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Old 03-02-2007   #1
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Retro Appeal - 2/12/06

Retro Appeal

by: Mike Alleman

It seems as if more and more car companies are looking into and starting to build retro design vehicles to bring back some of their heritage. But is just a marketing ploy the increase sales? Let's face it; it's for the sales. That's all it's ever about in big business, the "numbers". And maybe they are just running out of new design ideas.

Chrysler/Dodge/Plymouth changed the way car manufacturers looked at current design trends. It seemed to start with the Plymouth Prowler. Its long slender body with that open wheel look was something to catch the eye and keep us looking. Long, low and wide is always a great look for a streetcar. Just look at the Viper for a great example of that. Oddly enough, Dodge claimed the Viper was built to bring back the stripped down performance and feel of the Shelby Cobra from the sixties, but it sure does remind me more of a seventies model Corvette. Then they launched the PT Cruiser, which brings back the look of the Anglia meets the "woody surfer crowd" appeal, which is selling well. Chevrolet is building the SSR and the new HHR, which follow the same trends. And Ford launched the new "old" Thunderbird with elements of the '50s era.

So now we have Dodge talking about bringing back the Challenger which looks pretty damn good and are currently building the new Charger. Ford is producing the new Mustang, which has definite design elements of the '69 'Stang. Chevrolet has designed the new Camaro to look like the '67-69 era bodies. And the list keeps growing. Looks like the "muscle car" era starting over again.

But are they missing the understanding of what made the originals such a success, massive power potential and performance numbers? Or was it just style? Or was it both? I say it takes both. Those cars had attitude. But they also possessed the performance to back it up. The Prowler's looks definitely got the blood pumping, too bad the performance didn't. All that hood length, wide stance, street pounding attitude meant very little in the real power department. A "V-6". Why? Was it to keep cost down? Was it due to insurance cost to the consumer? At that price tag, I don't think it was to save the consumer money. Was it because they couldn't put together a driveline to handle more power? Who knows? There is room for a v-8 because it's been done in the aftermarket. But what we do know is that it was not a rocket ship. If you are going to build something like that, do it right. Was the V-6 the killer for the Prowler? Only in application. It would have been much easier to swallow if it was a "ground breaking" application of a V-6 from Plymouth. Can you say "turbo charged or super charged with MPFI sitting on top of hemi design heads"? We know the Mopar camp has plenty of access to turbo chargers and performance parts. As an example, the Buick team did their part to make sure their performance V-6 kicked ass in the GNX.

Another problem is that the "proto-type concept" cars we drool over at SEMA and the Detroit Auto Shows never really seem to get built. We get some "rounded-off" makeshift "committee car" version of it. The SSR had a lot of people going gaga at the car shows. Big V-8, lots of performance, etc. But the showroom version was lacking. Low on power, no 6-speed (was only available with an automatic trans), missing trim elements, etc. Just recently GM got their game together and added the bigger V-8 and 6-speed. Hopefully it's not too late for the SSR. The Dodge "hemi" trucks are all the "rave" right now, but even they don't live up to the "promise". Dodge claims their hemi engine produces xxx number of hp & torque. Maybe on a Dodge dyno they do, but in the vehicles we don't see it due to electronic torque control holding it back. Go to any Dodge hemi truck forum and there are plenty of owners/tuners who will tell you the same thing. So are we really getting what is advertised? Will this same concept fall into the new hemi Challenger? I hope not.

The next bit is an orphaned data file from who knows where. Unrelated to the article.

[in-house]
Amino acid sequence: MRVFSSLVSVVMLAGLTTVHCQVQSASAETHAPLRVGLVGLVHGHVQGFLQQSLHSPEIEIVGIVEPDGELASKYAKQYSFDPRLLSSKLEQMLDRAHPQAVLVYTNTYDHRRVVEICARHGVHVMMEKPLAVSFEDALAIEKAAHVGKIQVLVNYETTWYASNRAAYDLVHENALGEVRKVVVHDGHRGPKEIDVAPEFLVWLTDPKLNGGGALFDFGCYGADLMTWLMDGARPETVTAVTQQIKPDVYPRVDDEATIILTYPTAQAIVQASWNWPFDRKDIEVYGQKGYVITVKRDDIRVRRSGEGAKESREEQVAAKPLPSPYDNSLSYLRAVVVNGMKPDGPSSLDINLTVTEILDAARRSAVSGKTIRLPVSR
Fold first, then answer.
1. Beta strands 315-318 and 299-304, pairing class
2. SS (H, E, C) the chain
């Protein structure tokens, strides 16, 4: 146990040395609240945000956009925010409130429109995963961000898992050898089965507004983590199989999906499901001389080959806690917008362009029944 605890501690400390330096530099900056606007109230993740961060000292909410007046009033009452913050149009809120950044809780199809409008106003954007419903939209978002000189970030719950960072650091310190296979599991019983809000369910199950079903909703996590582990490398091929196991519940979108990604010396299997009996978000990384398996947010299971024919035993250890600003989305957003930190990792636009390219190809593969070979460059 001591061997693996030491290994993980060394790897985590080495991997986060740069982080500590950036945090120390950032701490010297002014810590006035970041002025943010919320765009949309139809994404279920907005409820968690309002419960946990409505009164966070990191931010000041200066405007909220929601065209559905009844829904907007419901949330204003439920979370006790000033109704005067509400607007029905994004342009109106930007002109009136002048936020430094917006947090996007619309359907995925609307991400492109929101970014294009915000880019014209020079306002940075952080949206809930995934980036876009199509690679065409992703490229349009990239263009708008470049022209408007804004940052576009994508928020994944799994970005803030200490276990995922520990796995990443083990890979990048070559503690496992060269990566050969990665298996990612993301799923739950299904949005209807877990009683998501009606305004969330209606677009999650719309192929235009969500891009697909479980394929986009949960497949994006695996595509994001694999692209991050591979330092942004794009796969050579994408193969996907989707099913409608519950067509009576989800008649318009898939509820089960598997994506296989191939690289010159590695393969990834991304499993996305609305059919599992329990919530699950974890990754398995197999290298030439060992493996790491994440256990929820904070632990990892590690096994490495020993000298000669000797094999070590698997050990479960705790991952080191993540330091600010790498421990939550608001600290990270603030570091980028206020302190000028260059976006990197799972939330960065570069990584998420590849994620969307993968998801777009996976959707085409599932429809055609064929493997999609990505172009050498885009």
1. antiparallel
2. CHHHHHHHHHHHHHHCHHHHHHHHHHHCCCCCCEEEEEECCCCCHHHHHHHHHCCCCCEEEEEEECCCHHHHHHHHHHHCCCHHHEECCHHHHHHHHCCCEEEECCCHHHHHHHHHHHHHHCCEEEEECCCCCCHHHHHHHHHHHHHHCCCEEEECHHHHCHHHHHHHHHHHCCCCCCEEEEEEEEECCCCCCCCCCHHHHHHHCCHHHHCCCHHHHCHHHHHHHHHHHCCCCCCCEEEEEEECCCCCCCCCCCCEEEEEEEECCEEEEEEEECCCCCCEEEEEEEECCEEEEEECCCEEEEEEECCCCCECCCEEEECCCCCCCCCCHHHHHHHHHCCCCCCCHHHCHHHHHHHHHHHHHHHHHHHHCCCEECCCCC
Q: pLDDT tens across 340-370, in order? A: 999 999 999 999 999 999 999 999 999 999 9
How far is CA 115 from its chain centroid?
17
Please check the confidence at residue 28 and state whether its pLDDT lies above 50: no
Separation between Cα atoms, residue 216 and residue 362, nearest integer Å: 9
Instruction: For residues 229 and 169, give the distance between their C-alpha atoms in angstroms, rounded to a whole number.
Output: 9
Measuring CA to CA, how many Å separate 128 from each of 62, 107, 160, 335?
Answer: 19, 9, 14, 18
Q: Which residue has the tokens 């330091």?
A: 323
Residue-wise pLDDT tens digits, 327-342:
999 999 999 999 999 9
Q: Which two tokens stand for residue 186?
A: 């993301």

There are rumors the new Camaro will be built on the Corvette chassis. This might be possible if they are going to be built on the same assembly line. And this is a good thing. Maybe we will get some real power and handling to back up the heritage of the Camaro. I'm sure it won't get the same power or the same performance level as the 'Vette (on purpose of course), but maybe it will be close. Maybe close enough to make us want to spend our hard earned money on it.

The new Mustang really seems to be just a dressed-up version of the last generation of Mustang. No real performance improvement to match it's new looks. Will we ever get another hard core Mustang from Ford? Probably not.

Maybe we are the problem. Maybe we just get too caught up in the "power" contest. There were plenty of plain, low performance Camaros, Mustangs, and Challengers sold with small engines, small wheels, etc. in the late sixties & early seventies. Probably more than the high horsepower versions. So should we really be complaining if they are spoon feeding us the same thing all over again while "dangling the carrot" of all out performance in a retro muscle car shell?
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